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ease of human nature,-for eradicating “the uneradicable taint of sin.” “ That boundless upas, that all-blasting tree," still bore its bitter fruit, still shed around its deadly poison. He might close up this or that outlet of passion, might cut off this or that stream; but there was the fountain, unseen, mysterious, fathomless, a well of bitter waters, springing up into everlasting death.

The philosophy of the Garden, on the other hand, proposed pleasure as the chief good—the great end of human life. În so doing, it subverted the very foundations of morality, and rendered man a being to whom the law of duty was wholly inapplicable. For if moral obligation is of any force whatever, its authority is paramount, and the right must always take precedence of the expedient. But the disciple of Epicurus pursued the right only because it was expedient, and could never in his conflict with vice rise above considerations of mere utility. Here then was a philosophy which led its votaries along an easy and flowery path—but toward no noble end. It was a scheme perfectly practicable, for it released its votary from every obligation of toilsome and self-sacrificing endeavor, and threw the shield of its sanction over every course to which his capricious inclinations might impel him. The disciple of Zeno saw a sublime eminence which he longed and strove zealously to attain. But it was in the clouds; and between it and him was a great gulf fixed which he could not pass. The disciple of Epicurus saw an easy and enchanting path stretching out before him, but it led but too often to the bowers of indolence, to the lazar-house of disease, to the abysses of corruption, wretchedness, and death.*

Even the slight sketch which we have given shows that the Grecian philosophy was unable to solve the great problem of man's spiritual relations and destinies; and while partly by its direct teachings, and still more perhaps by the general spirit of inquiry which it awakened, it tended powerfully to subvert the reigning superstitions, it could furnish no solid basis for a new and better system. Its natural result therefore was skepticism,-a disposition to mock and scoff at all religion, as suited only to the infancy of society, or to the wants of the unreflecting and ignorant multitude. This spirit had reached its acme about the time of our Saviour, a time when gray-haired, doting superstition, solemn hypocrisy, and mocking unbelief formed a strange and incongruous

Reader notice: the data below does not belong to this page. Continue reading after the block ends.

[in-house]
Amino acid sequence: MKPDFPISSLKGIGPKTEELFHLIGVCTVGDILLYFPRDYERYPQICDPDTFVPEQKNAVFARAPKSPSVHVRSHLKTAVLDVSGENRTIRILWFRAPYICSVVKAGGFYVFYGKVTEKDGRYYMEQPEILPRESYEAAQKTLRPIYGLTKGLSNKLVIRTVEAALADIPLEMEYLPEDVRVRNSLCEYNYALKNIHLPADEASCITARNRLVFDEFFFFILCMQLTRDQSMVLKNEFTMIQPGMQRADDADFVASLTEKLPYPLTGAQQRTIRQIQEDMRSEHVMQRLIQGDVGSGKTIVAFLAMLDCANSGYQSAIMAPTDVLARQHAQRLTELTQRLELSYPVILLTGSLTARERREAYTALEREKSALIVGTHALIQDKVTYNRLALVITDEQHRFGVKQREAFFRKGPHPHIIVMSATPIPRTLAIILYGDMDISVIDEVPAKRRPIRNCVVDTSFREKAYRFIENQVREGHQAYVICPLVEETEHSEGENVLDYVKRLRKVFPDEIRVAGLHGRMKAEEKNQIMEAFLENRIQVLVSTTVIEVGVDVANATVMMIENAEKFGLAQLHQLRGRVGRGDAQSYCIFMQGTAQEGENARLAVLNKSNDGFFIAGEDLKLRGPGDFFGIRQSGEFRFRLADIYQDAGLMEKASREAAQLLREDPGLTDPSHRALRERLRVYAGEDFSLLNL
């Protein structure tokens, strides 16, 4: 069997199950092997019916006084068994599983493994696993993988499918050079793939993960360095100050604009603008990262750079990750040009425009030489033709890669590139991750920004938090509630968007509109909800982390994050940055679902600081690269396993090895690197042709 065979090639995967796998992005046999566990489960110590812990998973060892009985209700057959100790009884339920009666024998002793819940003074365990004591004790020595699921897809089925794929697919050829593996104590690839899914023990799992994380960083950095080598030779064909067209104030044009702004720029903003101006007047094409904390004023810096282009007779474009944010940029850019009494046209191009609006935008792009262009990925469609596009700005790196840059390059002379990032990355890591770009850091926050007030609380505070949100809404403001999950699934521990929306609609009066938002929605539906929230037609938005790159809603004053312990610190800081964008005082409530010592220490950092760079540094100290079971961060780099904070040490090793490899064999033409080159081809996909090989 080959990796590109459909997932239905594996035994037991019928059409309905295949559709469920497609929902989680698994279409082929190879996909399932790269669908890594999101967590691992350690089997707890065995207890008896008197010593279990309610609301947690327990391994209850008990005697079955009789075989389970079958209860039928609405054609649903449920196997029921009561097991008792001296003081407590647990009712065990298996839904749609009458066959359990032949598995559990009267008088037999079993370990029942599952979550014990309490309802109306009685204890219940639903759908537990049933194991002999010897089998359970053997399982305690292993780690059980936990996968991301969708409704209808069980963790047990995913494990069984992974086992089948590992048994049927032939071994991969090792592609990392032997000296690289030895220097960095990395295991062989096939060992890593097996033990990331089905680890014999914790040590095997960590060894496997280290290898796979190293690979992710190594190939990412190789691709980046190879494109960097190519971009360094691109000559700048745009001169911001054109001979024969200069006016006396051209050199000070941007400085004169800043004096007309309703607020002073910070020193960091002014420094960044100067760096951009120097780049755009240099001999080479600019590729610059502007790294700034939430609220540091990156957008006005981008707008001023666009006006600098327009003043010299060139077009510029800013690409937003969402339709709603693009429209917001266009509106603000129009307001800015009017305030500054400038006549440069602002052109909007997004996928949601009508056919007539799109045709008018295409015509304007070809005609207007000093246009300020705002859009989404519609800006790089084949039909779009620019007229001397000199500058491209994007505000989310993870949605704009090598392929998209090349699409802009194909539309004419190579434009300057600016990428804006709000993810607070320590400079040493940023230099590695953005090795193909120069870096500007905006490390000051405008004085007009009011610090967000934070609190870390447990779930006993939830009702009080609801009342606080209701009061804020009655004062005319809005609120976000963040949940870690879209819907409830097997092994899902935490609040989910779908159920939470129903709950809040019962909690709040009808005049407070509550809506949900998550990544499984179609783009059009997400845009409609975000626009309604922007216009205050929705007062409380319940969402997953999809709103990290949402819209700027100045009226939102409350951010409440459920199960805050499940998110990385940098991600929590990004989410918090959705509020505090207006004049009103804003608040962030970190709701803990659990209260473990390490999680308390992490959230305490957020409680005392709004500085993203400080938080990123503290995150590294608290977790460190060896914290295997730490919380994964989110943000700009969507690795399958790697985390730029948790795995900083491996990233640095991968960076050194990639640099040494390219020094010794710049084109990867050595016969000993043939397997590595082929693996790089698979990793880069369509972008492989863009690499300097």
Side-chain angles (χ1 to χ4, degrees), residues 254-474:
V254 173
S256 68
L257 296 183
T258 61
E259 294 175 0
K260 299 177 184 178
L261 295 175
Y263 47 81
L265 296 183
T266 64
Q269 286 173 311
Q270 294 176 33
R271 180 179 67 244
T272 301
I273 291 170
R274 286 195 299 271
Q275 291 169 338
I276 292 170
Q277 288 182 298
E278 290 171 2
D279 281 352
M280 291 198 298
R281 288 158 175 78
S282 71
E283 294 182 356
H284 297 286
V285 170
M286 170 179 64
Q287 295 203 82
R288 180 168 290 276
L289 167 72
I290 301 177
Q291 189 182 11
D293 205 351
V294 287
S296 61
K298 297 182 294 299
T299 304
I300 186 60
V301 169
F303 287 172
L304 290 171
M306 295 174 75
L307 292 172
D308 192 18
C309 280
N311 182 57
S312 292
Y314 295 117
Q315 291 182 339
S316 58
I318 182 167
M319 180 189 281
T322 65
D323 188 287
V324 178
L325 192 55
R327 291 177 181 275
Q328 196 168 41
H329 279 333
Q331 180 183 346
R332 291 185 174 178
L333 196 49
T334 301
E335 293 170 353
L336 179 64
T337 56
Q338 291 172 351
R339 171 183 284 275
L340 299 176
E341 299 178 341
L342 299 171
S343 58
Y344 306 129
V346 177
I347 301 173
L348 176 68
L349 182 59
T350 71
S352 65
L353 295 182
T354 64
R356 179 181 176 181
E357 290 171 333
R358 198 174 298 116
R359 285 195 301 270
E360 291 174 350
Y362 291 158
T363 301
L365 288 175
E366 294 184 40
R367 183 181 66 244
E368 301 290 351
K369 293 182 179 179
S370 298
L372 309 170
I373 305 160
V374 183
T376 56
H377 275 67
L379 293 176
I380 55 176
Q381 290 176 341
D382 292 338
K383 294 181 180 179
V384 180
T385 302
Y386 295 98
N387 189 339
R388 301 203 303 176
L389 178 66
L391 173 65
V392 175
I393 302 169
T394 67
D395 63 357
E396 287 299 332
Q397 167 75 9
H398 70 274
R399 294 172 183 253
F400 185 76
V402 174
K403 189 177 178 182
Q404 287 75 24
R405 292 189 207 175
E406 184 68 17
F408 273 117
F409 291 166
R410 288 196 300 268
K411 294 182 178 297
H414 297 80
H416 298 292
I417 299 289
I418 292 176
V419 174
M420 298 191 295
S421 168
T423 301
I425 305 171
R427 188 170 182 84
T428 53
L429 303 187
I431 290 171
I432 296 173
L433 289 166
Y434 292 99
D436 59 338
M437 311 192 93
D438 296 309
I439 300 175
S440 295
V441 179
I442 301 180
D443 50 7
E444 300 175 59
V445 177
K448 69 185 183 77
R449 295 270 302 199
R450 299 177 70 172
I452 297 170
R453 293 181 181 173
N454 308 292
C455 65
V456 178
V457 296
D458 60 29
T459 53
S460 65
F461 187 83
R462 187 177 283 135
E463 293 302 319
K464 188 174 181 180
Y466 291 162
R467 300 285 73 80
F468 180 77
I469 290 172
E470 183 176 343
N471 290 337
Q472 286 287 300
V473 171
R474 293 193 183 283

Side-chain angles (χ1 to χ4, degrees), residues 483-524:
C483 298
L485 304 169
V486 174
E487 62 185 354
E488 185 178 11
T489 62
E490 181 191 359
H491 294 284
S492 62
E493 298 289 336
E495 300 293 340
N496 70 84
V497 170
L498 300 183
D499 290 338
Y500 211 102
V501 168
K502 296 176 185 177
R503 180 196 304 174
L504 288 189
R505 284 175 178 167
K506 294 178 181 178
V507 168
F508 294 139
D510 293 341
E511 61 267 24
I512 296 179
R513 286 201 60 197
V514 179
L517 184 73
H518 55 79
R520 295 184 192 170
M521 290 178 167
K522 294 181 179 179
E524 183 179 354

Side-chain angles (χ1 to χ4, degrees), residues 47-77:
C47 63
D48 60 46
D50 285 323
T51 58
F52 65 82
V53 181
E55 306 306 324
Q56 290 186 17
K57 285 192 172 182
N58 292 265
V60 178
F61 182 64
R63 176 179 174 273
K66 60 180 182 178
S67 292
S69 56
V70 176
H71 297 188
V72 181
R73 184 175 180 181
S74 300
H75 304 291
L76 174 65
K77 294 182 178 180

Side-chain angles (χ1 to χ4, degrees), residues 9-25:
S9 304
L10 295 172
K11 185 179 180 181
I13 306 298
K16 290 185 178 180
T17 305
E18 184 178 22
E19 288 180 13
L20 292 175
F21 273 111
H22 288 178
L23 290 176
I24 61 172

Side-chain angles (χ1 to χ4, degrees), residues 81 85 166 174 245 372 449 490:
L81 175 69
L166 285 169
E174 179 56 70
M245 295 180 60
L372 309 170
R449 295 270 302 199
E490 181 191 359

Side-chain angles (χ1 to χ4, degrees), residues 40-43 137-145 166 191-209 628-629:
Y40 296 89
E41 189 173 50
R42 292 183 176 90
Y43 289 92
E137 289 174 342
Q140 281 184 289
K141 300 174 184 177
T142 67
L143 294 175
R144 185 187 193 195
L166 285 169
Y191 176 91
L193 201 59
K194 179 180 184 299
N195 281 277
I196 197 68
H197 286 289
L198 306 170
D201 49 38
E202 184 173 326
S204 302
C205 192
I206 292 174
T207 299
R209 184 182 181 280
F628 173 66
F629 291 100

Even the philosophy, Wafations and destre perhaps by

* See Blackwood's Magazine, June, 1834, in a note to The Cesars," which suggests the above contrast between the Stoic and the Epicurean philosophy.

jumble, and produced a state of society, which, as delineated on the pages of Lucian, the Voltaire of Paganism, shows into how mournful a wreck had fallen the once splendid structure of Grecian civilization.

We have run rapidly and cursorily over a subject whose full development would require volumes, rather than a single essay. But we have said enough to show the impotence of Heathenism, in all its elements, for any effective moral elevation of the race. What could it effect ? With a religion whose "gods were such as lust makes welcome," and whose rites at best consisted of little else than empty forms, and often degenerated into an indulgence in foul and loathsome vices ; with a code of morals that tolerated and often approved pride, ambition, lust, and revenge; and finally, with a philosophy which, though it might loosen the foundations of ancient belief, could lay no broad and solid ones of its own on which to build anew the structure of religious faith and moral virtue ; which, though it might expose and explode many popular superstitions, either furnished for them no substitute, or substituted doctrines often equally false and scarcely less pernicious; which was thus powerful to generate skepticism, but could construct no system of consistent and intelligent belief,—what with all this could it effect for

human regeneration? How could it release men from the · slavery of passion ? How could it cleanse away the defile

ment of sin? How could it lift from the conscience its heavy burden of guilt? What bright hopes could it hold out to depraved, degraded, perishing humanity, of reascending to that bright eminence of purity, freedom, and bliss, from which it had a vague conception of having fallen, and to which its noblest instincts still pointed ?